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TUC warns Brexit would bring high risk of excessive working hours

Published 10/05/2016

Brexit would bring a high risk of excessive hours for about one million workers, warn trade unions
Brexit would bring a high risk of excessive hours for about one million workers, warn trade unions

Around a million workers are at high risk of being forced to work excessive hours if the UK leaves the European Union, trade unions have claimed.

The TUC published analysis showing that since the introduction of the EU's Working Time Directive in 1998, the number of UK employees working an average of more than 48 hours a week has fallen by around half a million from 3,992,000 to 3,494,000.

But the size of the workforce has increased by 13.4% over that period, so the TUC estimates that without the directive, the ranks of those working excessively long hours would now top 4.5 million.

The Working Time Directive stipulates an average limit of 48 hours on maximum weekly working time, usually calculated over 17 weeks, with opt-outs available for individual workers.

TUC general secretary Frances O'Grady said that it had benefited employees' family life, health and safety, as well as protecting public safety by reducing the risk of tired workers in areas like health and transport making potentially fatal mistakes.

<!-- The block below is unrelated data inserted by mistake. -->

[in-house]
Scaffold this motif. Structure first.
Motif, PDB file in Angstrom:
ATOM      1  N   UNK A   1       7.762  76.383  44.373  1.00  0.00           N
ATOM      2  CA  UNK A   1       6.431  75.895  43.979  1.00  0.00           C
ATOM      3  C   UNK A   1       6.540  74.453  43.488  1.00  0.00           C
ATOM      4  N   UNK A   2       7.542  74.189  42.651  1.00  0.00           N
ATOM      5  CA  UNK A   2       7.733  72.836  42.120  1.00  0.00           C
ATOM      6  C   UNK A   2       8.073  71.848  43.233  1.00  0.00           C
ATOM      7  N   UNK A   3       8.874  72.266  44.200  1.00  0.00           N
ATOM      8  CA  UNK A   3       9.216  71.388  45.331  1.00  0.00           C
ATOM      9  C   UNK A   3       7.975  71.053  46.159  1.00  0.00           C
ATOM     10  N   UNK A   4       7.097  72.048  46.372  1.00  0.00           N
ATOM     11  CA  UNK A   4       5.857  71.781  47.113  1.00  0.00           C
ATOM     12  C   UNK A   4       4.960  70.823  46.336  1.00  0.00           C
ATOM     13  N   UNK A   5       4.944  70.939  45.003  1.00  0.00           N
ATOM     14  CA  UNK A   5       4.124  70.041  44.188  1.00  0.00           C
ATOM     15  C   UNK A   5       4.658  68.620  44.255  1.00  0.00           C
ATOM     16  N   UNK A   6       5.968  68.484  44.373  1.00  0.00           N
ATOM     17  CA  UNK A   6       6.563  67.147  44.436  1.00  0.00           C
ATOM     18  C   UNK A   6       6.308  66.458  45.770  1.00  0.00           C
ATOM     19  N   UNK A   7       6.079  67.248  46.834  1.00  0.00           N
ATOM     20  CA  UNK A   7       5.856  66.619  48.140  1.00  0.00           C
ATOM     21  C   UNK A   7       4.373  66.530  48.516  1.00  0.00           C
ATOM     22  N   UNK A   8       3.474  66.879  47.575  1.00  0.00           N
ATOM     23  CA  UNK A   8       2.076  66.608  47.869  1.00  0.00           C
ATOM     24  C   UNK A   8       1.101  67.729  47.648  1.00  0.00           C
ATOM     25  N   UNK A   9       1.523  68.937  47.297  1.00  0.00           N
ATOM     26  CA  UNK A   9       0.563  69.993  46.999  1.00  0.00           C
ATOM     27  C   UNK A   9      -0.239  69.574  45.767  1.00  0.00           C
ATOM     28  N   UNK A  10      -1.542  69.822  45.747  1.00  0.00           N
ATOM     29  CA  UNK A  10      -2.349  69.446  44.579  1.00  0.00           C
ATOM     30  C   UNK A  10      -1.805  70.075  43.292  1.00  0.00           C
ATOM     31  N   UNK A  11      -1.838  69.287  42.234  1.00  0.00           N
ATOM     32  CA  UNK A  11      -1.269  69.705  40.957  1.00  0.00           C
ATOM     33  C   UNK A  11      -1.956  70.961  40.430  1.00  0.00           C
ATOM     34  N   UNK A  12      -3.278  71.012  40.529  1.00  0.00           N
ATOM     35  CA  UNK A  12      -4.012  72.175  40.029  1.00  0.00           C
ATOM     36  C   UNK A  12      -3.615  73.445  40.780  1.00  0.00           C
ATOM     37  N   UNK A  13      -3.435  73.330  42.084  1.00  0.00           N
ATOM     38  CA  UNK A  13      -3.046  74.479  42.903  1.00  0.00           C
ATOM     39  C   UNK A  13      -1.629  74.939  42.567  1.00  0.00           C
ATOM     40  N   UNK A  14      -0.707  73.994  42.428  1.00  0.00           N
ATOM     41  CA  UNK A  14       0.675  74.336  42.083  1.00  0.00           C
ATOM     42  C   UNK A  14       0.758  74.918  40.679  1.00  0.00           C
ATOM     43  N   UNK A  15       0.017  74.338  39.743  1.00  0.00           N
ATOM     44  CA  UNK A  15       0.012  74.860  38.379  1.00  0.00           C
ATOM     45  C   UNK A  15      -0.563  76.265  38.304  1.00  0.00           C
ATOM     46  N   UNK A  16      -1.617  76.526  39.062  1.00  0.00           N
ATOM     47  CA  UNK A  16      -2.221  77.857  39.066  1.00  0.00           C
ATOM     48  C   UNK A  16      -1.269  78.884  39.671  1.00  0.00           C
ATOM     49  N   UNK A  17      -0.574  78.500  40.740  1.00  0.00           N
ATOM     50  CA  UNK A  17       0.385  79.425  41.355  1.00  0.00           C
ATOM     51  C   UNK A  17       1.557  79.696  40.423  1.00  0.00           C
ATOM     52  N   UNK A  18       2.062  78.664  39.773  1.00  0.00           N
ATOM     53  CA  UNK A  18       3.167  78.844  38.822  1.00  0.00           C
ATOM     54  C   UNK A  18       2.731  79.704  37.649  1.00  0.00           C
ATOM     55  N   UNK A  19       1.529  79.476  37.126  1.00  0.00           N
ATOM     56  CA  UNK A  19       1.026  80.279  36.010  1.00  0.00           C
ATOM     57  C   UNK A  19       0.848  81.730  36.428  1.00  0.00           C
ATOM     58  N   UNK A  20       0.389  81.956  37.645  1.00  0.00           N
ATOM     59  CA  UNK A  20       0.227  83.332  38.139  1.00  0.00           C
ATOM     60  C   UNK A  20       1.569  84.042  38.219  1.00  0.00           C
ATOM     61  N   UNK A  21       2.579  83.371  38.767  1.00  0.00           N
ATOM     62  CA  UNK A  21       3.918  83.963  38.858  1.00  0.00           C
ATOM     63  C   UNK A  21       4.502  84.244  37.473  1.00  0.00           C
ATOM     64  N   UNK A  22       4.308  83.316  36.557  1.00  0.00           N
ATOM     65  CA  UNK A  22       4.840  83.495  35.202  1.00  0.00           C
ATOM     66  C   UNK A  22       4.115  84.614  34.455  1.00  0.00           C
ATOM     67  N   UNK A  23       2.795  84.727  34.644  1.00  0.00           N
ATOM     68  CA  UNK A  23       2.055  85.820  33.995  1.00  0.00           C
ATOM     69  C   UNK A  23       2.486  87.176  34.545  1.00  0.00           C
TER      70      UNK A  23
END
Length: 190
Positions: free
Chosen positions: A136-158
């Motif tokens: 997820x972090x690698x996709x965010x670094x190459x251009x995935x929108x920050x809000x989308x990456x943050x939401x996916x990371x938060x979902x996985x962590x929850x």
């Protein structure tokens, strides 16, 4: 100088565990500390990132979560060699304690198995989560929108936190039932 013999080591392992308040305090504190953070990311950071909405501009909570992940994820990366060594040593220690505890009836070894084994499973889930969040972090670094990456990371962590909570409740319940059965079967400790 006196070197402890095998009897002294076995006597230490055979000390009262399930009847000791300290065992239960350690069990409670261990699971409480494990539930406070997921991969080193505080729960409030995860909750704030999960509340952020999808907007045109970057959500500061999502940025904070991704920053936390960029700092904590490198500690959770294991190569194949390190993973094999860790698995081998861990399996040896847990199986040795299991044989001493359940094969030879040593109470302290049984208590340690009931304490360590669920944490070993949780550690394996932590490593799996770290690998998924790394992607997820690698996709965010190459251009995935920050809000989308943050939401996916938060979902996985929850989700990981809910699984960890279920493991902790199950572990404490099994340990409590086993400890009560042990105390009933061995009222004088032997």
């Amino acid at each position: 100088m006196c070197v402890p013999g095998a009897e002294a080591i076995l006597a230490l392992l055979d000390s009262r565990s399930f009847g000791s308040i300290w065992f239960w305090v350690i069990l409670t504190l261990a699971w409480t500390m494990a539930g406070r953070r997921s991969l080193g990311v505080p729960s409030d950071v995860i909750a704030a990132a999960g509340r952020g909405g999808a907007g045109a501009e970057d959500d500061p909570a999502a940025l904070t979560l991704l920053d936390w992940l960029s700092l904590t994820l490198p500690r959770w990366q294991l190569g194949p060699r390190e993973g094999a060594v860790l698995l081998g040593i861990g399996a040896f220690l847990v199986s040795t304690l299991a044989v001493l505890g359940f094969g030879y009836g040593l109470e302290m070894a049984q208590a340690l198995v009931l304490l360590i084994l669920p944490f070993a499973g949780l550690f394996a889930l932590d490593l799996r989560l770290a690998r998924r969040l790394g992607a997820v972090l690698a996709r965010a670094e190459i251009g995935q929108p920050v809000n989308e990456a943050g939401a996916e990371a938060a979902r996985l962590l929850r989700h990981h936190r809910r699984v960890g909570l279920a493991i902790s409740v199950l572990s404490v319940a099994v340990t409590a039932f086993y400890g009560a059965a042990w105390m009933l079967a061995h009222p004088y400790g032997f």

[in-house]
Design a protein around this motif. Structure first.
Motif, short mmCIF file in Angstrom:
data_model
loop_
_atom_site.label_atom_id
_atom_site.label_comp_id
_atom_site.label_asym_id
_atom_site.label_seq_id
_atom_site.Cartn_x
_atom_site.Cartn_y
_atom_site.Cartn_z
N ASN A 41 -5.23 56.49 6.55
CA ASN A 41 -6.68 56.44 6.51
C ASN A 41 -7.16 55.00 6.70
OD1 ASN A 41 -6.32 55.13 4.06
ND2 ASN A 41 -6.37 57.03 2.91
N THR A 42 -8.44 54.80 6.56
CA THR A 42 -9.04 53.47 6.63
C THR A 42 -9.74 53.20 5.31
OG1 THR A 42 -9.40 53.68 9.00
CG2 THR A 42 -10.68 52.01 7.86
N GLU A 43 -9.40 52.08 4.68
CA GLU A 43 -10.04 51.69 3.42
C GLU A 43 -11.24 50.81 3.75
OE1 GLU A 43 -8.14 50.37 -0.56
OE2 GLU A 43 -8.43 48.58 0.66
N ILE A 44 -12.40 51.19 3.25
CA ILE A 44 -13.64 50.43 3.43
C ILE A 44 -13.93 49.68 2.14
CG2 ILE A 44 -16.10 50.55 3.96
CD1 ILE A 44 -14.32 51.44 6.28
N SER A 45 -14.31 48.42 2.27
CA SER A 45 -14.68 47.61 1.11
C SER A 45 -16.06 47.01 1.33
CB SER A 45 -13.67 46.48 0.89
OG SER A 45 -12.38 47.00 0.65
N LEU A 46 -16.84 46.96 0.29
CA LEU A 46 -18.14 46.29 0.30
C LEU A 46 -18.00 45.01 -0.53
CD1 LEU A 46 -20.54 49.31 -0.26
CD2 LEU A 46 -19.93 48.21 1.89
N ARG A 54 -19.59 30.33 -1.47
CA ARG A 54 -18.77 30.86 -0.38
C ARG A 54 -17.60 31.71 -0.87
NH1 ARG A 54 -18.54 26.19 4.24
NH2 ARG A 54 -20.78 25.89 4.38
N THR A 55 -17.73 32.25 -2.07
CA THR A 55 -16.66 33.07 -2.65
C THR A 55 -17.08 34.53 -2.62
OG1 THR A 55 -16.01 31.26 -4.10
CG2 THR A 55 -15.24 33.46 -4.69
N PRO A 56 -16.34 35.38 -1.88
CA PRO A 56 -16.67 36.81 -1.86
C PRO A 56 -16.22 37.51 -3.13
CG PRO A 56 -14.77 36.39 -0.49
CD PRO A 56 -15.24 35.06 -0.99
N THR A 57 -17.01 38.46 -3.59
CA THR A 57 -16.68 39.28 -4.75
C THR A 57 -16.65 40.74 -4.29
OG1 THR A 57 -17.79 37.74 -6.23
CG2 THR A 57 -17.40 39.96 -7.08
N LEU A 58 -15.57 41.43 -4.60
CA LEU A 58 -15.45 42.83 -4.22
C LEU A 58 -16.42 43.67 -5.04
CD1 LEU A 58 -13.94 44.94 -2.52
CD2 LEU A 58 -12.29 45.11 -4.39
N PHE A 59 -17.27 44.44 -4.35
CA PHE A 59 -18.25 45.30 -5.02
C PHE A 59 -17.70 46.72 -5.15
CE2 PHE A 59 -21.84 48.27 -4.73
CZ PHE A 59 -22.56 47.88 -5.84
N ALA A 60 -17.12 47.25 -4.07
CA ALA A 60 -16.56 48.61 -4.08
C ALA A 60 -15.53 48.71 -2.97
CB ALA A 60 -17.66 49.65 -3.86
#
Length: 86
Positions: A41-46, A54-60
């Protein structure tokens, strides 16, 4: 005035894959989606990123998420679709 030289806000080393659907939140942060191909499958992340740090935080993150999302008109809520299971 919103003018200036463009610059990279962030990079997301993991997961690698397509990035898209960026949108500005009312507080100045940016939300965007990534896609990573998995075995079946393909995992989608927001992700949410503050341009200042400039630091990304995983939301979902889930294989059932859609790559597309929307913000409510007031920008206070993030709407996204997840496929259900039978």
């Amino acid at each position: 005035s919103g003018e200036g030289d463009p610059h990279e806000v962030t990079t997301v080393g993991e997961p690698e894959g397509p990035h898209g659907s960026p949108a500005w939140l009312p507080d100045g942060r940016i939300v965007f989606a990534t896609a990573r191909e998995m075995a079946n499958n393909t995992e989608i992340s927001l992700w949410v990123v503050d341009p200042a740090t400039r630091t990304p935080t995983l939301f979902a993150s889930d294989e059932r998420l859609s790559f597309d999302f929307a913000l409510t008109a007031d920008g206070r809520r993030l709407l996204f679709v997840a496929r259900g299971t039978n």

"Working people's rights are on the line in this referendum - and working time protections are particularly at risk," said Ms O'Grady.

"Brexit campaigners have made no secret of their wish to scrap working time protections. If they get their way, the 48-hour limit will be gone and your boss will be able to force you to work 60 or 70-hour weeks.

"The only way working people can be sure of keeping their rights at work is to stay in the EU. Nobody knows exactly how bad things could get for workers' rights outside of the EU, but the legal experts are all saying it will be worse."

Professions most likely to involve long working hours include mining and quarrying, where 33.1% of employees put in more than 48 hours a week in 2015, agriculture, forestry and fishing (28.5%), transport and storage (21.3%), construction (20.2%) and education (17%).

Shadow business secretary Angela Eagle said: "When Brexit campaigners talk about cutting 'red tape' we know what they mean.

"Their vision is a race to the bottom, a race where rights at work are slashed, and where working people will inevitably lose.

"If we left the EU, working people would be at risk of being forced to work more hours, meaning less time to spend with the family and more stress at work.

"And many other rights would be at risk too; from paid holidays and parental leave, to equal pay and anti-discrimination laws.

"Our membership of the EU is good for business and good for working people too. That's why Labour will be campaigning hard to remain."

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